• IC1: Articles published between 2015 and 2021.
  • IC2: Articles written in either English or Spanish.
  • IC3: Articles about technological accessibility strategies.
The exclusion criteria (EC) contemplated were the following:
  • EC1: The paper is not related to standards, norms, plans, or actions, even if the paper alludes to technological accessibility.
  • EC2: Access to the full paper was not possible.

4.3. Results Obtained

At this stage, investigation followed the search string. The results found are shown in Figure 4.
After applying the inclusion and exclusion criteria, the results yielded 62 documents relevant to the investigation.

4.4. Answers to Research Questions Related to Accessible Virtual Campuses

4.4.1. RQ1: Which HEIs Have Accessible Virtual Campuses?

Reports mention that institutions have employed strategies in order to increase the quality of education or to detect the requirements of their students. As a pioneer from Iberia, the University of Lisbon, reports improvements to their application processes by the introduction of an admission process, offering students help through tutoring and trained personnel until graduation by enforcing policies in line with international standards. Nonetheless, the university delivers administrative processes that lack adaptability [48].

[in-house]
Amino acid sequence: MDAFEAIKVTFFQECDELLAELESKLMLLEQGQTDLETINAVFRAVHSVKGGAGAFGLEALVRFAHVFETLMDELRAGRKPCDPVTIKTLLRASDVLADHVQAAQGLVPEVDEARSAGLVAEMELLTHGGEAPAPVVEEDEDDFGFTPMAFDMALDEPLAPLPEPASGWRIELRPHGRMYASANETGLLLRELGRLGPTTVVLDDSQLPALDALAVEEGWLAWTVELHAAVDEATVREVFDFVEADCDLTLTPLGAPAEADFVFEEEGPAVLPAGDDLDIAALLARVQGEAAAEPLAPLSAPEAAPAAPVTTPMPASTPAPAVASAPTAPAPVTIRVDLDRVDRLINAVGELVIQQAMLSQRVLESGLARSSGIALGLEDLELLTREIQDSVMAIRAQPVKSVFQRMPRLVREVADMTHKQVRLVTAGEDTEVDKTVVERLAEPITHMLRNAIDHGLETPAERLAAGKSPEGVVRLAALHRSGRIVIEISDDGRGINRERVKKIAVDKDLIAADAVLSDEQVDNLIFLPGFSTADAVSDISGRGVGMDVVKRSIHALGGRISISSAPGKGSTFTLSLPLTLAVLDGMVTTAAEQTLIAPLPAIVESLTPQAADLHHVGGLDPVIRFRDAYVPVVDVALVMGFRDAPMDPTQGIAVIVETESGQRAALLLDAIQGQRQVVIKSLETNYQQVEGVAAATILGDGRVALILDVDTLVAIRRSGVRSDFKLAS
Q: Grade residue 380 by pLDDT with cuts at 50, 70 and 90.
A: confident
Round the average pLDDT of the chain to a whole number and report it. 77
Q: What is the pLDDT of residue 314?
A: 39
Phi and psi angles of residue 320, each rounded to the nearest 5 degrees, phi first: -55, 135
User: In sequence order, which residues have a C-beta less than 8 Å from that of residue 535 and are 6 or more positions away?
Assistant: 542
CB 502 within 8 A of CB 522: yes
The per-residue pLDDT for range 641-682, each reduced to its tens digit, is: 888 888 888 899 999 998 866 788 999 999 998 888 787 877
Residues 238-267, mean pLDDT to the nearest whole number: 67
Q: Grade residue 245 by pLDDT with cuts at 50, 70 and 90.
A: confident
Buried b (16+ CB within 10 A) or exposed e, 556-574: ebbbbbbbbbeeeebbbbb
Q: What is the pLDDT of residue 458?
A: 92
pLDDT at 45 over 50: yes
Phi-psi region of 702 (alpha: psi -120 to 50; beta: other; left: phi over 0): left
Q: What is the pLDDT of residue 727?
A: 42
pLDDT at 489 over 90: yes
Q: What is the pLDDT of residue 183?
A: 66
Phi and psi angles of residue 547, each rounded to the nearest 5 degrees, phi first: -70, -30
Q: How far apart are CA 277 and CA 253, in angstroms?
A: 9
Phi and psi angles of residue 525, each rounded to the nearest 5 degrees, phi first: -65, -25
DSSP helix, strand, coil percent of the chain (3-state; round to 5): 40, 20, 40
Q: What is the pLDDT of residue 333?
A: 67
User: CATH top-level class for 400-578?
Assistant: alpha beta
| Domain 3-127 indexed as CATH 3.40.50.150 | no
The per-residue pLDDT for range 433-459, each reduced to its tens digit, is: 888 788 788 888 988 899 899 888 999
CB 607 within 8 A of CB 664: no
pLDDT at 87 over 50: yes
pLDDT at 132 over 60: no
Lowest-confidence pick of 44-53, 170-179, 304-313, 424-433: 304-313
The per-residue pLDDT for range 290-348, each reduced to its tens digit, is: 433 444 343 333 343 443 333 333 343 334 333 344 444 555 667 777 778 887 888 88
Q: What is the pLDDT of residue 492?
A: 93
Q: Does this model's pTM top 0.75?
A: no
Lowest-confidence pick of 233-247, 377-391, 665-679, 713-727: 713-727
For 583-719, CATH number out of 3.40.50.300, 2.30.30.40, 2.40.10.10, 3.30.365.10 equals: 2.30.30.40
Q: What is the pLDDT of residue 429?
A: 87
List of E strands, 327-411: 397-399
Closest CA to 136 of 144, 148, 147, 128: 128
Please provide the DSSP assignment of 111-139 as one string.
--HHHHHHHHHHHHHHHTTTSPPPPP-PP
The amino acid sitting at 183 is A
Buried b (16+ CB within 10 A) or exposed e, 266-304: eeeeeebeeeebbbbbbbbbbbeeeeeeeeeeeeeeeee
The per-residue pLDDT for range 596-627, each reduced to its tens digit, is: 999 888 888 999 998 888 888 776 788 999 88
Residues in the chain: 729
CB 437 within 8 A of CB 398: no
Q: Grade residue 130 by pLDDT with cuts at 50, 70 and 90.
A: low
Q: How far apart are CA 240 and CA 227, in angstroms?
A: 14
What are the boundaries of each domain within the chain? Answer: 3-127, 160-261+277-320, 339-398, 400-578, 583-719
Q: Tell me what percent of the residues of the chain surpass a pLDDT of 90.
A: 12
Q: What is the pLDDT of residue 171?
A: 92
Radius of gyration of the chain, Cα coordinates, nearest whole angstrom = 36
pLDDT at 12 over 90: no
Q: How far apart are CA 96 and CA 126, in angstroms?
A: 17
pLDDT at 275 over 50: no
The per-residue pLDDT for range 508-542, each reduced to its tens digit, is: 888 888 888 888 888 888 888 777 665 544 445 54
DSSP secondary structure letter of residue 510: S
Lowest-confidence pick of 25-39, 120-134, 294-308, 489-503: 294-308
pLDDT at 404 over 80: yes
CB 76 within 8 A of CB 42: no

Other universities have focused on identifying the requirements of students and implementing accessibility elements in physical spaces. Such is the case for Open University UK which determined that the early detection of requirements positively influences the creation of digital resources adapted for multiple disabilities [49]. These digital resources can then be utilized to create a virtual platform adequate for all.
With regards to accessibility standards and guidelines for websites, the University of La Rioja and the University of Central Venezuela have begun to develop their own virtual platforms through adherence to WCAG [50,51]. For the construction of virtual platforms with accessible interfaces, use of a universal design has been proposed. This universal design would be applied to e-learning concepts and the elaboration of learning objects adapted for content for people with disabilities [52].

4.4.2. RQ2: What Aspects of Accessibility Are Considered in the Design of a Virtual Campus in an HEI?

In order to achieve the implementation of a design appropriate to the multiple characteristics of students, there is a model that applies a questionnaire and provides indicators showing which deficiencies exist in the institutional processes and thus require adaptation [41]. Among the indicators that need to be considered for an adequate design of virtual campus, some are the following:
  • Design tools to use information about the respondent and the context in order to aid comprehension.
  • Develop automated approaches to identify relevant accessibility issues.